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Sewing machines and I have a long-standing feud.  I try to sew stuff, they break down almost immediately.  Usually it can be solved by the more knowledgeable owner but on at least one occasion I actually rendered the machine unusable.  Friends in the know have suggested that part of the issue is that pretty much all the machines I’ve used have been thrifted 70s and 80s ones.  While older machines, with their greater proportion of long-lasting metal parts, can be fantastic for a knowledgeable seamstress who has a good relationship with her local repair shop, they’re not great for a novice who has no information to troubleshoot with. 

Recently, though, I found out that my cousin owns a new-ish machine, one that had been in storage and that she was willing to lend me on condition that I learn the mysteries of its working and then share the knowledge.  And having taken a class at The Makehouse – a local organization that not only offers crafting workshops but also space and machines that folks can pay an hourly drop-in rate to use – I was high on craft fumes and totally primed to SEW ALL THE THINGS.

So check this out: I sewed a thing!

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I started with the lined dice bag tutorial from Tally’s Treasury.  Since I specifically wanted a second sock-project-sized bag, I grabbed an already-wound cake of yarn and looked through my cupboards to find a round bowl about the right size.  I traced the bowl to make the bases, then measured its circumference to know how long to make the sides.

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I added a special touch inspired by the project bag I bought from Emma of Emma Knits (formerly the dyer behind Everything Old – side note, you should totally check out her awesome new podcast, which focuses on fibrecrafts but touches on sewing and fashion as well).  One of my favourite things about that bag is its interior pockets – for spare stitch markers, my cellphone, notes on the stitch pattern I’m working, etc.  So I cut a piece of the material I used for the outside, as long as the sides and about 1/3 the height, hemmed it on one side, and sewed it to the inside piece with several vertical seams (I did pin one specifically so it would fit my phone, the rest I placed randomly) before putting the lining together.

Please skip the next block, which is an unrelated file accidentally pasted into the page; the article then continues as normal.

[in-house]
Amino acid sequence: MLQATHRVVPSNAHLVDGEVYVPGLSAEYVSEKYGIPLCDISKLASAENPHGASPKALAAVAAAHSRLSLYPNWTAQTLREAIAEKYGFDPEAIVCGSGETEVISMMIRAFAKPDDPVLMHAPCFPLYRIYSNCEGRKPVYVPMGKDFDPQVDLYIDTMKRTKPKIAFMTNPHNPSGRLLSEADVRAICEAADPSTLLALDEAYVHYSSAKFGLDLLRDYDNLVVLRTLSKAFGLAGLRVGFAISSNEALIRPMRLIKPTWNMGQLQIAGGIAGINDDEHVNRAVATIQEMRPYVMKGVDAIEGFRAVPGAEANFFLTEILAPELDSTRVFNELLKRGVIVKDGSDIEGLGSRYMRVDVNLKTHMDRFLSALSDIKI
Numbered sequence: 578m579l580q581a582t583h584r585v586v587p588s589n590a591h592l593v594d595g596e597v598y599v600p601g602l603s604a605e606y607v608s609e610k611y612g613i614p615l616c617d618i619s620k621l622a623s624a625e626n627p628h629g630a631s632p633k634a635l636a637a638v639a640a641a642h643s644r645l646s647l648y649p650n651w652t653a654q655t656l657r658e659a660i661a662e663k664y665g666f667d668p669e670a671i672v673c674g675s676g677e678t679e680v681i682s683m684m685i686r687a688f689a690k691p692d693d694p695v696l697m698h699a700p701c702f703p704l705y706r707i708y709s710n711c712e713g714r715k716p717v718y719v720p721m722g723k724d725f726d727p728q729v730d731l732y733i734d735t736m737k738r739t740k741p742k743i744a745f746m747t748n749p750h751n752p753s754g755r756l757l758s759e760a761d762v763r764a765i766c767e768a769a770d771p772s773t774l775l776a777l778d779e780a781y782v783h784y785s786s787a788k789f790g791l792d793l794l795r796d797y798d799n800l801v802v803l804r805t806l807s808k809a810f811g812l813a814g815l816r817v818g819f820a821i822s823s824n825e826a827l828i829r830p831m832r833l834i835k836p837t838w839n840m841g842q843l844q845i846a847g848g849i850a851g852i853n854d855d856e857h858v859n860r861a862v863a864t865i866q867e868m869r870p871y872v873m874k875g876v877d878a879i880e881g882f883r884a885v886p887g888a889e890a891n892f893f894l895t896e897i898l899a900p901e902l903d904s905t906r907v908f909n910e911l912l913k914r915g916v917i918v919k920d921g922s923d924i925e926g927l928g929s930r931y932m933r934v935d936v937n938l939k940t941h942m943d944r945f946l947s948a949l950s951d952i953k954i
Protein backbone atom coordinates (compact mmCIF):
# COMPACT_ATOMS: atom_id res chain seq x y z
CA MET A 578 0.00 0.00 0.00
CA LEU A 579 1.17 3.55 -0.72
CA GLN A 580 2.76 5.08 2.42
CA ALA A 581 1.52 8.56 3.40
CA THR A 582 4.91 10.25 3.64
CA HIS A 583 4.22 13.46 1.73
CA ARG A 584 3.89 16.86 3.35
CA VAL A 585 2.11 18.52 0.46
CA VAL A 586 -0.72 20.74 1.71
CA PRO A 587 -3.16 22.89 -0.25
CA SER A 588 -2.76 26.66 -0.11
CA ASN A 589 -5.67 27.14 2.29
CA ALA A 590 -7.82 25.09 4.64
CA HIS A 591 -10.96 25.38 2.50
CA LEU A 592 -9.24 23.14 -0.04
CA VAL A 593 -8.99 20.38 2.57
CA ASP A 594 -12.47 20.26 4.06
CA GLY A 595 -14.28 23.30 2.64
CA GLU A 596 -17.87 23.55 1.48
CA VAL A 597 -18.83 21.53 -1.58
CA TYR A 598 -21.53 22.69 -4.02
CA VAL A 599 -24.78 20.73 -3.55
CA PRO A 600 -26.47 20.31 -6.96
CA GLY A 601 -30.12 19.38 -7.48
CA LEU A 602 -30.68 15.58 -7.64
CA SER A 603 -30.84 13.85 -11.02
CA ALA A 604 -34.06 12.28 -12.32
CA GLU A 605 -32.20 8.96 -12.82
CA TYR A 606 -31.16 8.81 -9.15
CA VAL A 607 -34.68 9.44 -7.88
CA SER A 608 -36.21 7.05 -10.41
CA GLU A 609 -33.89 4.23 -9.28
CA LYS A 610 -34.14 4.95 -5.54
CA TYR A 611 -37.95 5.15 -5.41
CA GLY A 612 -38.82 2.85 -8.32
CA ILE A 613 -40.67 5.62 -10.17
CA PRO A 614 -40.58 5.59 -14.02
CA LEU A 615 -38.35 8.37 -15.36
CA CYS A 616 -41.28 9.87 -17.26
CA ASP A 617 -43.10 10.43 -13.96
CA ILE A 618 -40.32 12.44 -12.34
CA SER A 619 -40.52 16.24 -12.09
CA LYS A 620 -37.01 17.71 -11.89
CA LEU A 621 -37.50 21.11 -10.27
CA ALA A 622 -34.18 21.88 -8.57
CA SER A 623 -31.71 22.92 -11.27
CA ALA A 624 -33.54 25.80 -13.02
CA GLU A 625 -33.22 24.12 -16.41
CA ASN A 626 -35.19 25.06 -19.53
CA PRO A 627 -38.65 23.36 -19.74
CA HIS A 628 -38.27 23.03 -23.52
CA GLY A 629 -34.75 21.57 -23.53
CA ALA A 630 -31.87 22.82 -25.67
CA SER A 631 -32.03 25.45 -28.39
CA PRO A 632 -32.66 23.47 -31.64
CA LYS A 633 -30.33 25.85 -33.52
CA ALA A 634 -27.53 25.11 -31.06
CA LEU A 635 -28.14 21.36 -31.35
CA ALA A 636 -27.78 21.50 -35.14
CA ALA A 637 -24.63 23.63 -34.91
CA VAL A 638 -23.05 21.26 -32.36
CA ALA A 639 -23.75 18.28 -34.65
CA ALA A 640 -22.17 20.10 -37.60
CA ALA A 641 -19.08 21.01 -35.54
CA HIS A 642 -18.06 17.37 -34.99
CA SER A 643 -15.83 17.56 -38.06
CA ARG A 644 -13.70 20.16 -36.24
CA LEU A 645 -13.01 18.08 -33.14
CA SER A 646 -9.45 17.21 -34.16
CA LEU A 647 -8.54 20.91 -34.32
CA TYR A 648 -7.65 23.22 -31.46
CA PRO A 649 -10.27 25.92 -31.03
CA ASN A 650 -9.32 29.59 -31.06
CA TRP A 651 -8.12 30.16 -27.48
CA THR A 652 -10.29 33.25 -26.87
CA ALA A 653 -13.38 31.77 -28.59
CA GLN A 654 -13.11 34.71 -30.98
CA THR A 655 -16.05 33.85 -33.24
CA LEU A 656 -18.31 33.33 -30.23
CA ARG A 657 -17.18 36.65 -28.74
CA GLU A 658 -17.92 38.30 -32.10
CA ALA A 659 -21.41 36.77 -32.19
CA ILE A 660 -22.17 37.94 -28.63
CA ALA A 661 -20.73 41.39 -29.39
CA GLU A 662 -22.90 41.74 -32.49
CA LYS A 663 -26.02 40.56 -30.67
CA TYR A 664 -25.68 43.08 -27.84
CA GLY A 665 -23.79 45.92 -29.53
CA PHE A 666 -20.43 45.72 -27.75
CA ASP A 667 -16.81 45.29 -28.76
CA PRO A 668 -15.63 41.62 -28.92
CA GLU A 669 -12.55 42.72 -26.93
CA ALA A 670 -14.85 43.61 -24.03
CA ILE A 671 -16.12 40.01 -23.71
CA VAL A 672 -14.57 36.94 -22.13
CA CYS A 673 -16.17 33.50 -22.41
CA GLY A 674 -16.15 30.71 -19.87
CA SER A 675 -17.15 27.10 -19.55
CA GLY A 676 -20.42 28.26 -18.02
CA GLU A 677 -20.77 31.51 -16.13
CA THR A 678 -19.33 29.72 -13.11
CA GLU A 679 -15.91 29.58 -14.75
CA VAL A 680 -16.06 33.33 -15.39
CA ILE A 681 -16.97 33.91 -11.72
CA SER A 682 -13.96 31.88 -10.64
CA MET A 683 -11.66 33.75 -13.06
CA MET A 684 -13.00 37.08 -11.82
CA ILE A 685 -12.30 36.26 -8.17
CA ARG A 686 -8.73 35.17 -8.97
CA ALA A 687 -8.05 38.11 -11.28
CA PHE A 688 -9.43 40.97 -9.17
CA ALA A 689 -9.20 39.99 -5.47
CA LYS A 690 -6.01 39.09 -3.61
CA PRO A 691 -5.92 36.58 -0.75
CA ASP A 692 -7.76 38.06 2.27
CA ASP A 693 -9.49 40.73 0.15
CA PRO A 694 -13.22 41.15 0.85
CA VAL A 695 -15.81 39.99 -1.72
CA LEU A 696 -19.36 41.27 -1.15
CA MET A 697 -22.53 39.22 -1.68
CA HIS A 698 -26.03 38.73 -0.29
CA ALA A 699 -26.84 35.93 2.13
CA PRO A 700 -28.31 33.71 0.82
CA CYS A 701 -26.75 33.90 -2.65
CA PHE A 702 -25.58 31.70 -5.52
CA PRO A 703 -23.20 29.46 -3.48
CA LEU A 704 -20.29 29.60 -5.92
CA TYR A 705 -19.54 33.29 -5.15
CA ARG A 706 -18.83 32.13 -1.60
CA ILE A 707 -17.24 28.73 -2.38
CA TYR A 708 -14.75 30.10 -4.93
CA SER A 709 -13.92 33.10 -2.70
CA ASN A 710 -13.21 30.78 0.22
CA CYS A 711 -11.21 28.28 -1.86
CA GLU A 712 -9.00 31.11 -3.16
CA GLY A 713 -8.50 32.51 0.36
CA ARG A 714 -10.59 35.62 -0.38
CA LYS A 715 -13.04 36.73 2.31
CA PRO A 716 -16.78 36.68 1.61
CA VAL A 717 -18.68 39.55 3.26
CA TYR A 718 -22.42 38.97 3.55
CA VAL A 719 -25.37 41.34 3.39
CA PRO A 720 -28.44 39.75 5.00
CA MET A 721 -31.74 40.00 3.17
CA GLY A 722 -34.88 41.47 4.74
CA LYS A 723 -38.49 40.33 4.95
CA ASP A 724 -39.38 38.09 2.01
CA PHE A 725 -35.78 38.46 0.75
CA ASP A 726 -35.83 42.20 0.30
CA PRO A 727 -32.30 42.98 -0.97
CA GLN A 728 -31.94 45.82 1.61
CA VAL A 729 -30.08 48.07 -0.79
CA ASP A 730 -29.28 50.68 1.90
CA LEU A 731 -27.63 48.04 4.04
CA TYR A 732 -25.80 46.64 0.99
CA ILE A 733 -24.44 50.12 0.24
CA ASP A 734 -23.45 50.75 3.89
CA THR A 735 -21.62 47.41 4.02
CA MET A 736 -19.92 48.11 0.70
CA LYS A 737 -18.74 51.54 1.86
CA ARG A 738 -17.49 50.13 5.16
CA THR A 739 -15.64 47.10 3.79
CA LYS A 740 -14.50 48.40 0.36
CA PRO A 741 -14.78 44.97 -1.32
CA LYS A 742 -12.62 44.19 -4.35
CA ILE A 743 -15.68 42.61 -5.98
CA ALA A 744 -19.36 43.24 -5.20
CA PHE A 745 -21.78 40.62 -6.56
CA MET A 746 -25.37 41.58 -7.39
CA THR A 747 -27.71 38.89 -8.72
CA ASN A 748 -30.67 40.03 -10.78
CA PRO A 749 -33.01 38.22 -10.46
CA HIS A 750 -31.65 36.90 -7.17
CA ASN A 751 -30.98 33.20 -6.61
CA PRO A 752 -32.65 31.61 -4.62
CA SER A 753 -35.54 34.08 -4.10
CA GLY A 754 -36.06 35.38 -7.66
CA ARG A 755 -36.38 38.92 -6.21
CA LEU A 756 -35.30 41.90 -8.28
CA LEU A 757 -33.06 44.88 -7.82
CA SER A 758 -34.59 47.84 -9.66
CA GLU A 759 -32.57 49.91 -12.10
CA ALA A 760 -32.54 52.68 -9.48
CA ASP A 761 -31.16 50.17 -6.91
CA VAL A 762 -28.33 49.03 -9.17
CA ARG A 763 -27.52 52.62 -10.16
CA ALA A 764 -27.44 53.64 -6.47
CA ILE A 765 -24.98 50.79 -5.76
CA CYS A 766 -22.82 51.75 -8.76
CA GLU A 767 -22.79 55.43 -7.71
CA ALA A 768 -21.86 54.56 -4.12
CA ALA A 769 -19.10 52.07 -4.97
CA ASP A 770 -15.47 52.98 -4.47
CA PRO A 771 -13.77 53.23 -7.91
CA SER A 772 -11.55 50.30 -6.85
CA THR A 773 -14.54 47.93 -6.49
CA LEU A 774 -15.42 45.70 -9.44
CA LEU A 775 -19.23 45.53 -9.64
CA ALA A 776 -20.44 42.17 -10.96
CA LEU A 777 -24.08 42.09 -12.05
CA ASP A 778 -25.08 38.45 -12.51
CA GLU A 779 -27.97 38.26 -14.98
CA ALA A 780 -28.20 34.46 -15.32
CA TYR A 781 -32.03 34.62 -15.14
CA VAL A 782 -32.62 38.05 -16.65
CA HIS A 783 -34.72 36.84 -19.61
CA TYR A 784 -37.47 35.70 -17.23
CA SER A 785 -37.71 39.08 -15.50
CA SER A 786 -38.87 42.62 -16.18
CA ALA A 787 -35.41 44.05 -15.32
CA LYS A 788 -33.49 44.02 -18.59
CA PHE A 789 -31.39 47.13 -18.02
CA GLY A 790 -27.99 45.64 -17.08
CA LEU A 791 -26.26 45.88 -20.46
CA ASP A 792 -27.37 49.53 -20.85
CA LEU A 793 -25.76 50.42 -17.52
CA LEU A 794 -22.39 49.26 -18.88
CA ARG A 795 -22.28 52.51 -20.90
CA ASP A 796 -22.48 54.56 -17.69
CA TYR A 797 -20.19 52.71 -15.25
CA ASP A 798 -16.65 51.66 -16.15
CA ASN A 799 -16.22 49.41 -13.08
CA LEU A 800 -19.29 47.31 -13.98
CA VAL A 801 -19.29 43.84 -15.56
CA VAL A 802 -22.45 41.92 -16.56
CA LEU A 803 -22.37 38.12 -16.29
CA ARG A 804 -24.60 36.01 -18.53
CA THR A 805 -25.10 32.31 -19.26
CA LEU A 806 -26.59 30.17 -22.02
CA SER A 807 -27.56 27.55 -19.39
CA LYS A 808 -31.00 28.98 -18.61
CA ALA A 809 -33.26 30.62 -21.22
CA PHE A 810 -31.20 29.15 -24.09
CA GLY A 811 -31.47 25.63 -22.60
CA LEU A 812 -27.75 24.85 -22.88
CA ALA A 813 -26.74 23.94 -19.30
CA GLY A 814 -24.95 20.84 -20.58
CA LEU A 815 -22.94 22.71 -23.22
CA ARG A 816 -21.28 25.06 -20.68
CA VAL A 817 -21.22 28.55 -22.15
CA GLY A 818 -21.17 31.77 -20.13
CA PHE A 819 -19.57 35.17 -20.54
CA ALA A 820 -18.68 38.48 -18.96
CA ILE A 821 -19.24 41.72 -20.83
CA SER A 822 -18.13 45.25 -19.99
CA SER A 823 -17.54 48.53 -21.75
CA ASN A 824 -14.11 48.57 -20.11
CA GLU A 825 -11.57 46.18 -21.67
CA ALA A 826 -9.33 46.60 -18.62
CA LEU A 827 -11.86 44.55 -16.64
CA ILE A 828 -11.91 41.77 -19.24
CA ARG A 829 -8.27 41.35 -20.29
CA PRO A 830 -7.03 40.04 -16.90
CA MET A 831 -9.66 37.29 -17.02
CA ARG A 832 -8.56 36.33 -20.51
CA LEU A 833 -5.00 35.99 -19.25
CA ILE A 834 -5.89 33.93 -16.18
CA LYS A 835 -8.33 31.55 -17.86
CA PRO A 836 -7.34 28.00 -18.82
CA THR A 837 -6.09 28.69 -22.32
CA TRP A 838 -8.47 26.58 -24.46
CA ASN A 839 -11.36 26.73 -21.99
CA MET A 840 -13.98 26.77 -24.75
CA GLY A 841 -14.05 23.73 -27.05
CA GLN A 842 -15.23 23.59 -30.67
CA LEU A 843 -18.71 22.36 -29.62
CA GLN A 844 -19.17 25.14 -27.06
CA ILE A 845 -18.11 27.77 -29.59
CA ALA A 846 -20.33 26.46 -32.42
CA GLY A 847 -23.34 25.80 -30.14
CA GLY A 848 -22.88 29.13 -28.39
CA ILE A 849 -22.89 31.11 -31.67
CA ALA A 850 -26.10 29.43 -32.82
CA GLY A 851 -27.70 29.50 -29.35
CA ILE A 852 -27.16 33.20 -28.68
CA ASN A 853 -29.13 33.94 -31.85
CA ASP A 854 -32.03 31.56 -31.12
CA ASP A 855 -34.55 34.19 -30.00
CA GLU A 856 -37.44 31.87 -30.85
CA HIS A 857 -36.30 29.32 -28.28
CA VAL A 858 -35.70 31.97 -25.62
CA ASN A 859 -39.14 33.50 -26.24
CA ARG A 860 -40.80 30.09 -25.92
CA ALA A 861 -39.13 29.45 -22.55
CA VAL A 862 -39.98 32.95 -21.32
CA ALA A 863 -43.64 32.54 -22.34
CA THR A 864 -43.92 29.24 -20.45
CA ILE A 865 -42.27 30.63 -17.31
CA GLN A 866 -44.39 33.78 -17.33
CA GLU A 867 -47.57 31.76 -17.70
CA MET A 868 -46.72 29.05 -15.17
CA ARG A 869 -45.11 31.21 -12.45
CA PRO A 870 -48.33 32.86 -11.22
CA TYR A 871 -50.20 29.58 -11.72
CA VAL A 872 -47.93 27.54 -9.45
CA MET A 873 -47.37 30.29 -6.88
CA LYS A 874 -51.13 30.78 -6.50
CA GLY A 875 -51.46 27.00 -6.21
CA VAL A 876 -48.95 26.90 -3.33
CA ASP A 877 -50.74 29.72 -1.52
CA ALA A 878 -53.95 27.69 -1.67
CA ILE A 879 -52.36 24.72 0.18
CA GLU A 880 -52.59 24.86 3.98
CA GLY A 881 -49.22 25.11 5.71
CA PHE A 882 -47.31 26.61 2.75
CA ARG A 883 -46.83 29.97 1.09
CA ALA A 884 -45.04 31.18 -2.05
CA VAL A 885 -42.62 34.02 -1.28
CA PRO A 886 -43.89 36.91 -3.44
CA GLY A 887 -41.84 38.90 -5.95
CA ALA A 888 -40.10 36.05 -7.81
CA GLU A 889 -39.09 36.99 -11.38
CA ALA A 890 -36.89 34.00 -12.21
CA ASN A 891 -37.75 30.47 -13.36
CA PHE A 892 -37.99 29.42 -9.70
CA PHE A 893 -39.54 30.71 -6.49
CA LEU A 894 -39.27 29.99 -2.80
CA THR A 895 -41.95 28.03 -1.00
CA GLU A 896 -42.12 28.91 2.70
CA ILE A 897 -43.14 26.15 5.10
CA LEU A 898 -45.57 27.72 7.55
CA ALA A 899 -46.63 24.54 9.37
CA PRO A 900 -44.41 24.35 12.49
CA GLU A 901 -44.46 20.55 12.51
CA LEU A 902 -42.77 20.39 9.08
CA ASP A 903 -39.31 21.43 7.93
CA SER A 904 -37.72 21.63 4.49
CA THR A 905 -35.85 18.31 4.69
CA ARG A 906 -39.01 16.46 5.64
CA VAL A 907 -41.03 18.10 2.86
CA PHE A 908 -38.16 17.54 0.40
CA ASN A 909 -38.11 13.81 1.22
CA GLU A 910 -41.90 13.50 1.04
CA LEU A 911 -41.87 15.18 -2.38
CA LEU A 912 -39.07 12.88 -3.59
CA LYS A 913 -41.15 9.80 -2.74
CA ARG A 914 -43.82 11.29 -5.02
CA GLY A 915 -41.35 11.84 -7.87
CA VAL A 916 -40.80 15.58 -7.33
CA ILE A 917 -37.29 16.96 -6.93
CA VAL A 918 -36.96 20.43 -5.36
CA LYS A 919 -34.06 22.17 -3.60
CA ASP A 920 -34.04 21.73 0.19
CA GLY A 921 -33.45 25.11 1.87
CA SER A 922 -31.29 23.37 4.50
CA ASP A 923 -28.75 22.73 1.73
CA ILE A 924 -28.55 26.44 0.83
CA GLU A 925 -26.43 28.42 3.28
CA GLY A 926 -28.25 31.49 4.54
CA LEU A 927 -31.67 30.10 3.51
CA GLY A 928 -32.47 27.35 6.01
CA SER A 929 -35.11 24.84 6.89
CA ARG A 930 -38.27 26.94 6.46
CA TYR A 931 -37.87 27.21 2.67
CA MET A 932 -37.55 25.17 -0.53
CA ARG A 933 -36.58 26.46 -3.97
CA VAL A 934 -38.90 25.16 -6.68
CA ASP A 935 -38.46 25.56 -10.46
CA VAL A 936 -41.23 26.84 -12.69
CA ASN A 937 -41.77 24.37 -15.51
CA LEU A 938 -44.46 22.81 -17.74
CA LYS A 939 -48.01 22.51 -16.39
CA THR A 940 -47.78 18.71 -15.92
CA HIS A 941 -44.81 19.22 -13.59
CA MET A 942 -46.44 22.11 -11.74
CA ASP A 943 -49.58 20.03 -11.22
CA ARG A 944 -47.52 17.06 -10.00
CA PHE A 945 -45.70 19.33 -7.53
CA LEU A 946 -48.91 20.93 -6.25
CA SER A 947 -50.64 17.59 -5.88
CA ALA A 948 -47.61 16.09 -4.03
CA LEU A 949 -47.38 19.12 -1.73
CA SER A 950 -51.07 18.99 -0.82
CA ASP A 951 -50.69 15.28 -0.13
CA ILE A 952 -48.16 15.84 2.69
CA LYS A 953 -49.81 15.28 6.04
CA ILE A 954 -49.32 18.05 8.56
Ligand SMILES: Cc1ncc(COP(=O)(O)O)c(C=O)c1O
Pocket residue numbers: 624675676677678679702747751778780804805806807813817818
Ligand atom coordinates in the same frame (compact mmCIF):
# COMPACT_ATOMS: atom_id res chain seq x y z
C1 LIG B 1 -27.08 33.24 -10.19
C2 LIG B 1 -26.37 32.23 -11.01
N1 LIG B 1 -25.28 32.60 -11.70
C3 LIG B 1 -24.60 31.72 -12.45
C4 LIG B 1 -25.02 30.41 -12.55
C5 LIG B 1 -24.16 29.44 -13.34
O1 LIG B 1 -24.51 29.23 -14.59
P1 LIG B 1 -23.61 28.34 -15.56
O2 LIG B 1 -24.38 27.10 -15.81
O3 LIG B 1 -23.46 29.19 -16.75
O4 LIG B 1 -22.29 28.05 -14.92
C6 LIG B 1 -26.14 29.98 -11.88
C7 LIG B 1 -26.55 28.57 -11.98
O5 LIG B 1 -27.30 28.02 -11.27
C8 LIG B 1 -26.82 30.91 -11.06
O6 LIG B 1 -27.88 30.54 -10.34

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And the whole time, I didn’t destroy the machine, not even once!  I feel so buoyed by this success I am just itching to get started on the many half-finished or barely-started sewing projects I came across while deciding what fabric to use for this one.  Hope they all turn out this well!

In case you haven’t noticed, I’m a big geek.  Not only am I a general Geek (who loves sci-fi and tabletop roleplaying games and the Avengers movies and…) and a fibrecraft geek, but also a folk music geek.  Back when I was first learning to spin, I wrote about how I felt like my spindle connected me to all the makers who came before me, especially through folk music relating to fibre crafts.  I loved the idea of putting together my passion for music with my spinning skills to literalize that connection, and this week I had a fun opportunity to do just that.  My family was invited to sing at an intercultural night of music featuring both organized choirs and ensembles with a specific ethnic focus, and more casual groups who just like to get together and sing music from their culture.  My mother suggested that we perform some French Canadian music, as another group was presenting English folksongs from BC already, and she lead with the suggestion of “Dans mon chemin (In my road),” the song I mentioned in that old post.  I added a song I had recently learned, after having sung it many many years ago in a choir, “Je le mène bien, mon dévidoir (I run my swift well),” giving us our theme of fibre crafts.  Finally, Mom added “La laine de nos moutons (The wool of our sheep),” a sort of little-red-hen type song that I loved for its thematic resemblance to “Sejala sam lenek (I sowed the flax),” a Croatian song about flax and linen that I sing with the Balkan Babes.  But it’s not just the singing I’ve been dreaming of.  No, I also thought how cool it would be to do a bit of performance-spinning-in-public!  And it turned out, so did my sister.  So we got out our spindles and spun while we sang!   And since I know pics or it didn’t happen, here is the video of our performance (sorry, it’s just a cellphone and the video quality is questionable).  Check out the cool harmonics in the first song – I was a bit confused when I first listened to the recording since I could have sworn I didn’t sing that high note until the very end of the song…but by the second verse I realized we had just achieved the sort of excellent blend you can get when you’ve been singing together for over a quarter century. ;)

 

I can’t be the only one who feels far more inspired to make changes in my life in the spring than in dreary January!  The return of the sun coupled with Nature’s effusion of energy always fill my mind with grand ideas, wild plans, and fresh hopes.  Also I have a smartphone now!  I have been loving the convenience of always having a camera in my pocket, not to mention the ease of being able to upload photos straight to the internet.  And I have been knitting some seriously awesome stuff, if I do say so myself!  For example, I participated in the recent Follow Your Arrow mystery KAL and hoo boy do I love my FO!

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It’s still a bit cool here but many afternoons have been warm enough for shirtsleeves and a magnificent shawl!  And this one is so dramatic, it’s equally cool with jeans and a tshirt or a fancy dress.  I modified the edging a little to add the slowly widening stripes…because I was running out of yarn!  I had way more than the required yardage to start, so I worked an extra repeat of the lace, which meant making adjustments to the knitted on edging which meant by the end I was cutting every spare inch off my colour changes to try and finish the last pink row (thinking of following in my footsteps? More details on my mods on my project page).